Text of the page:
Could service return to service stations?

A point of distinction in the market is valuable for any business.  So could service be the game changer in the service station arena?

My first job (that put me through school and early university) was as a pump jockey or petrol station attendant. This profession went into extinction 40 years ago – and yet in visiting New Zealand recently, I see it is being revived as a forecourt concierge. 

In New Zealand Shell has been sold and rebranded to Zed, and one of the new marketing ploys is to have a forecourt concierge available to fill your tank for you if you would like (at no extra cost). 

Could this work again in Australia?

Service at the fuel pump returns to New Zealand's service stations | Inside Franchise Business

Service at the fuel pump returns to New Zealand’s service stations | Inside Franchise Business

Service return to service stations

Marketing is a big spend for the oil companies, and it would be very interesting if one of the major retail chains (Caltex, Shell/Coles, Woolworths, United, 7/11 or BP) were to try and take a jump on the rest by offering service – something they have been low on over the years.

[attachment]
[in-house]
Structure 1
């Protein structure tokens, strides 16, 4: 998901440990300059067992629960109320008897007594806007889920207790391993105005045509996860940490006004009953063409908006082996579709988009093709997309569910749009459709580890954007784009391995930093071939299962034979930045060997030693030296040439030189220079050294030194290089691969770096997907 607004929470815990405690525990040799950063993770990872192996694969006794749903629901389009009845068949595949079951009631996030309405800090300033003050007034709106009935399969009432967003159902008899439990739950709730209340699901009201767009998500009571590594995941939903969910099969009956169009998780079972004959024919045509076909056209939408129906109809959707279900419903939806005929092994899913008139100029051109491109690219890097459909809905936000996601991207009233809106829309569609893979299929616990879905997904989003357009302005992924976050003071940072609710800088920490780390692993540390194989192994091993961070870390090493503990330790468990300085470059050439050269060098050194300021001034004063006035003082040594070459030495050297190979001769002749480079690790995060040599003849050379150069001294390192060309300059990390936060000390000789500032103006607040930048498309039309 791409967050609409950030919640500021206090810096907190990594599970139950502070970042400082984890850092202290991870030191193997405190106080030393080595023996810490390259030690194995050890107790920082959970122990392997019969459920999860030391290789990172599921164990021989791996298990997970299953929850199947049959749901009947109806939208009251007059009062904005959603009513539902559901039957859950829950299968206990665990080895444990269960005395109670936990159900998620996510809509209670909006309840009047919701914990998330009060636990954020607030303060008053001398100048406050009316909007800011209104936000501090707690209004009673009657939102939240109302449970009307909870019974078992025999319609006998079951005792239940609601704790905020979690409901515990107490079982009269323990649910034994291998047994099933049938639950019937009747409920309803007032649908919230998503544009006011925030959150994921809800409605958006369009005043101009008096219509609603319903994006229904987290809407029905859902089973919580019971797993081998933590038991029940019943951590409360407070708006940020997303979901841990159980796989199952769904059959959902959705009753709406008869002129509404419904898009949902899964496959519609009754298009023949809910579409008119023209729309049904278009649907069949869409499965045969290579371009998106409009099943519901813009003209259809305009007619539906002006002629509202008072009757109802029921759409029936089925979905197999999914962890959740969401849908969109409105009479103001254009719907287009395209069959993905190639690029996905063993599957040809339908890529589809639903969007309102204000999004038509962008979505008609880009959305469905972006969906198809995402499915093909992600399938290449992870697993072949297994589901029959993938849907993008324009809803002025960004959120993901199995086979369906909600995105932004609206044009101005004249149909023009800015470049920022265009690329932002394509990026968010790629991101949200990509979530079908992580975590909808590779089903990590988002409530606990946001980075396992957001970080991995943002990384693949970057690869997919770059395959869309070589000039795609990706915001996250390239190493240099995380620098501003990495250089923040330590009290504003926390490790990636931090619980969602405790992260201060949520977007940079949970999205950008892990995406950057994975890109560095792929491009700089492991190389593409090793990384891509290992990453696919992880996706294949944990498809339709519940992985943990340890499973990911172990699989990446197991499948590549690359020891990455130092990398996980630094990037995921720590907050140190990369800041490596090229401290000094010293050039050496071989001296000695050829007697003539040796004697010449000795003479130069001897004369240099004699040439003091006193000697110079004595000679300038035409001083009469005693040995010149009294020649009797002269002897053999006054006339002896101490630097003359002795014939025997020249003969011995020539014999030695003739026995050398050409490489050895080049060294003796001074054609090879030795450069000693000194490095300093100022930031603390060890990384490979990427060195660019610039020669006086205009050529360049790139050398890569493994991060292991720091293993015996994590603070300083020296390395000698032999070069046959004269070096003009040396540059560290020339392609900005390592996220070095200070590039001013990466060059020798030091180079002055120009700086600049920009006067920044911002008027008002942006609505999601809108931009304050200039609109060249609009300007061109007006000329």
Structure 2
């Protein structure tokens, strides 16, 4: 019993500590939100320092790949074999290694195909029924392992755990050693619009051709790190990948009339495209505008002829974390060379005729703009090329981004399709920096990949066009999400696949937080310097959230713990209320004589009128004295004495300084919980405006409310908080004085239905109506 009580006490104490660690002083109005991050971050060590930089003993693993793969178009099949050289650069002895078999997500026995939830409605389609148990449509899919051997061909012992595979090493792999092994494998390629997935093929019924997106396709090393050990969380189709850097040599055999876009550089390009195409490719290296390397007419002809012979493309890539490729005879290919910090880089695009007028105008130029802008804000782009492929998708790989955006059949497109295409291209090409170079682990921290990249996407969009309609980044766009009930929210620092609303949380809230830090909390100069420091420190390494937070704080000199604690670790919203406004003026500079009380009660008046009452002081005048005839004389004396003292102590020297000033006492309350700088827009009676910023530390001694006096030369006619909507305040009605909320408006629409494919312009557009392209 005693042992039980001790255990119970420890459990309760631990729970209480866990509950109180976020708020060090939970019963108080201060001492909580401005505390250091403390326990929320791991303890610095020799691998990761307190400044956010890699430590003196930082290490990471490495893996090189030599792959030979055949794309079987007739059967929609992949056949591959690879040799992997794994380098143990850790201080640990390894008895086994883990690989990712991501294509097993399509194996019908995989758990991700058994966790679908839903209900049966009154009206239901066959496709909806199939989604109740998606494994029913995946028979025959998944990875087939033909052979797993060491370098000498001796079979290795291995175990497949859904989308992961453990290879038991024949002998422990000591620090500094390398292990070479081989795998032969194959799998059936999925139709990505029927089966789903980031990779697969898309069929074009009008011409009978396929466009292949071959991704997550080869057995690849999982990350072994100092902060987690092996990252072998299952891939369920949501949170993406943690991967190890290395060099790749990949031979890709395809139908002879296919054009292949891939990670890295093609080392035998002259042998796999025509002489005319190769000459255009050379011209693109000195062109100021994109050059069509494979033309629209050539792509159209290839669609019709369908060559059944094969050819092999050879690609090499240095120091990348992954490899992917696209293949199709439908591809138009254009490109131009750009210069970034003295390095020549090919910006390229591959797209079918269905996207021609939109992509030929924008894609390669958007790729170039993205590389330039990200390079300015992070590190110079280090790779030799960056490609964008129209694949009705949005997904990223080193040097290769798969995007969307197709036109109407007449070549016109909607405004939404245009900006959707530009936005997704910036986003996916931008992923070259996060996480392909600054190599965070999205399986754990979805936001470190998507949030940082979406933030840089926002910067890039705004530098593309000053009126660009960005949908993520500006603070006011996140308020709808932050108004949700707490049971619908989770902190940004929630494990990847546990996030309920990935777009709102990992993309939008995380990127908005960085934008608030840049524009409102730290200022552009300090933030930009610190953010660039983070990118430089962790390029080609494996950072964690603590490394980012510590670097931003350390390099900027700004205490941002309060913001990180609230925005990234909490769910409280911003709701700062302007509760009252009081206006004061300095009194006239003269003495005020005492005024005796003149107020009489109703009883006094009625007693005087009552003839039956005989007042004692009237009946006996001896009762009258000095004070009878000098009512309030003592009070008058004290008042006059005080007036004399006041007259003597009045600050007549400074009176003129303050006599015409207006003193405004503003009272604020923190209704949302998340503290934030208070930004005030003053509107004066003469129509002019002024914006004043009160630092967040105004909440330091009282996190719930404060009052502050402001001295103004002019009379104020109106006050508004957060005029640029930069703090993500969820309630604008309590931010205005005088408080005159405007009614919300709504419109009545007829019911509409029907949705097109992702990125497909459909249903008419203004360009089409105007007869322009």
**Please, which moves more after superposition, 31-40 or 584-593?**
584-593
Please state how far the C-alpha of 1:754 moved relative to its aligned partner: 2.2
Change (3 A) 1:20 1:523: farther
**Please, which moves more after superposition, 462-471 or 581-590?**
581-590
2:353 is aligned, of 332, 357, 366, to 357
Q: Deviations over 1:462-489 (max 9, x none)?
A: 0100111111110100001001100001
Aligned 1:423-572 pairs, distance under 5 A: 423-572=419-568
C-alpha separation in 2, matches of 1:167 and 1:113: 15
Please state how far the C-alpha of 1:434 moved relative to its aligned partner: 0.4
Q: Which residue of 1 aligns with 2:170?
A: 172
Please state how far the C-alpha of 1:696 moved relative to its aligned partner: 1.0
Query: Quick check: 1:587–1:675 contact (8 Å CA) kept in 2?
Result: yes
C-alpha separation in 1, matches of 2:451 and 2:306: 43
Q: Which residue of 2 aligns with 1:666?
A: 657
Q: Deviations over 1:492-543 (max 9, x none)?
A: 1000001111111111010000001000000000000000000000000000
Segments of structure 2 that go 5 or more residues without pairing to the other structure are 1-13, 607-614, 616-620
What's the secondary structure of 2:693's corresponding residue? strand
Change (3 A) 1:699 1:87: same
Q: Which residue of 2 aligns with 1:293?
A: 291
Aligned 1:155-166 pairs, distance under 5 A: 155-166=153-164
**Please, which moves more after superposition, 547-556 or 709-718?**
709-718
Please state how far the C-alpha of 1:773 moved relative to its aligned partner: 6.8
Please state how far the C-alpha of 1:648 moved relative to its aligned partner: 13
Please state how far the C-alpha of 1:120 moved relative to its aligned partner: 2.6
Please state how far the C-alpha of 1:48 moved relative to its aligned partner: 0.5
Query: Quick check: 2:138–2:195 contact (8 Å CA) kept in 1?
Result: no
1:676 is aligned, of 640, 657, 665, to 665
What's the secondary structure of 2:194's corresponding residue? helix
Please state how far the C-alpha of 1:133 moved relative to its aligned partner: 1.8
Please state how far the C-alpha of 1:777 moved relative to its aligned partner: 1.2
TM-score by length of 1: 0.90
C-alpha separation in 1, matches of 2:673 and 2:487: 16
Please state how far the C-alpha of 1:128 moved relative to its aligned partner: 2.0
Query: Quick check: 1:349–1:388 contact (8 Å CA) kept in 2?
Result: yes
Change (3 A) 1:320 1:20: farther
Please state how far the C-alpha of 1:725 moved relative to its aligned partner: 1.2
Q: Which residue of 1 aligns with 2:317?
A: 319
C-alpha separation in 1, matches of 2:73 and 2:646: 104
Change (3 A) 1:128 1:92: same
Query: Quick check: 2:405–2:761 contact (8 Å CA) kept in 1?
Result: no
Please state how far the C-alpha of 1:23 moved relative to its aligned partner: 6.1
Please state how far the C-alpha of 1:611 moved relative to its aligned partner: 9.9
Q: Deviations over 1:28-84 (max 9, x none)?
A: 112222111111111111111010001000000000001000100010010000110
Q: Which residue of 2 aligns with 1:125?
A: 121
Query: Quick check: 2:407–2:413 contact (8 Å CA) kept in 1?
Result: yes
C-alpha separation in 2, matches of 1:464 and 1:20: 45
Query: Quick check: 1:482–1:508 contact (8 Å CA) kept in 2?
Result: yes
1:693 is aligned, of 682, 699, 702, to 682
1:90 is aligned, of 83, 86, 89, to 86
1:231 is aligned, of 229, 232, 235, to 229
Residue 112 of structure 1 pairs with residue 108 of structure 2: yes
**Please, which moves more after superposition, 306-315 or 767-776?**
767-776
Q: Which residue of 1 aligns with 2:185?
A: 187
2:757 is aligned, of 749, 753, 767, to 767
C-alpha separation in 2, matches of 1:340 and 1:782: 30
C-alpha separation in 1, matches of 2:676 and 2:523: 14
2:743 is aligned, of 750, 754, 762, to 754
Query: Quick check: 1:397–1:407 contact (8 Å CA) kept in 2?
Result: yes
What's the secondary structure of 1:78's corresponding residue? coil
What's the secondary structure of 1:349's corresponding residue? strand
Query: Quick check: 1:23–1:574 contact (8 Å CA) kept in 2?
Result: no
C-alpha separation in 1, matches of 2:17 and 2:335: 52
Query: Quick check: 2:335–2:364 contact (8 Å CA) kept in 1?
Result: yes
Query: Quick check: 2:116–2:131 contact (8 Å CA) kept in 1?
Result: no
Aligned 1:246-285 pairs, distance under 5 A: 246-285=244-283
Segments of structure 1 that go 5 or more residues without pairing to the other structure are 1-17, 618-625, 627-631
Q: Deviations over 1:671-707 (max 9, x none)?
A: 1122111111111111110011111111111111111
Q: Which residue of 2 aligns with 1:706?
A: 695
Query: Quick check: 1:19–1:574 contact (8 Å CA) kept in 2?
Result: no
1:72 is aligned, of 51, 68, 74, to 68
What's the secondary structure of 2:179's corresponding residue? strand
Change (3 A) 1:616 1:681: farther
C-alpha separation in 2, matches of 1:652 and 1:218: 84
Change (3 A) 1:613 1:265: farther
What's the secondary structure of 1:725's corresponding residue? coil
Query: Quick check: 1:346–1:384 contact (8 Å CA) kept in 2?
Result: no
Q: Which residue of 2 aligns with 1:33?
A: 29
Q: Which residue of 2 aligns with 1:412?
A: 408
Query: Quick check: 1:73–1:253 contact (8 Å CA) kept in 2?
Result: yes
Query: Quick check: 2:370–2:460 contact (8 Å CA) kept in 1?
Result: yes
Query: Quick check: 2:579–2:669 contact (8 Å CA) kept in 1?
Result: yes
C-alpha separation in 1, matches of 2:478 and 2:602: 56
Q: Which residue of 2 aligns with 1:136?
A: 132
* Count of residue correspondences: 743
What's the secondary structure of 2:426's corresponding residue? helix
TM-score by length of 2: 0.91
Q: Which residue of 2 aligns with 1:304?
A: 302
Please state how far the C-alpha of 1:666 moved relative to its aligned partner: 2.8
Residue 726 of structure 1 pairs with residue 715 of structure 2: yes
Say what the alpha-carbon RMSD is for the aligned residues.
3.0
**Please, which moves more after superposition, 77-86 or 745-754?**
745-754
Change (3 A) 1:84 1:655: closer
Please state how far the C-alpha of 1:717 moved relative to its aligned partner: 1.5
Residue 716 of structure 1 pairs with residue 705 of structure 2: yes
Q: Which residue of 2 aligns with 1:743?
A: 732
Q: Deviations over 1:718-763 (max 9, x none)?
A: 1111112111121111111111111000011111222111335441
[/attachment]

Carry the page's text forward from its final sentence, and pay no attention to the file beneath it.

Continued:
If they were to do this, there could be an argument over price. However the oil industry has been running on very good margins for some years now, and they continue to move prices up and down so much, no one ever really gets a good point of comparison.

It could be a game changer, especially in higher socio-economic areas, or business areas around CBDs, where people would love to not have to refuel their own car.

Maybe a smaller chain would want to try it? Shell could use its Liberty brand sites as a test run, and if it really made a difference move it into Shell/Coles locations?

The last major change in market share in the oil industry was probably when Shell/Coles and Woolworth/Caltex introduced their shopper dockets. The industry has normally stayed relatively stable with market share driven by the number of sites and the competitiveness on the price boards.

A forecourt concierge could be a new factor that could put the word service back into service station.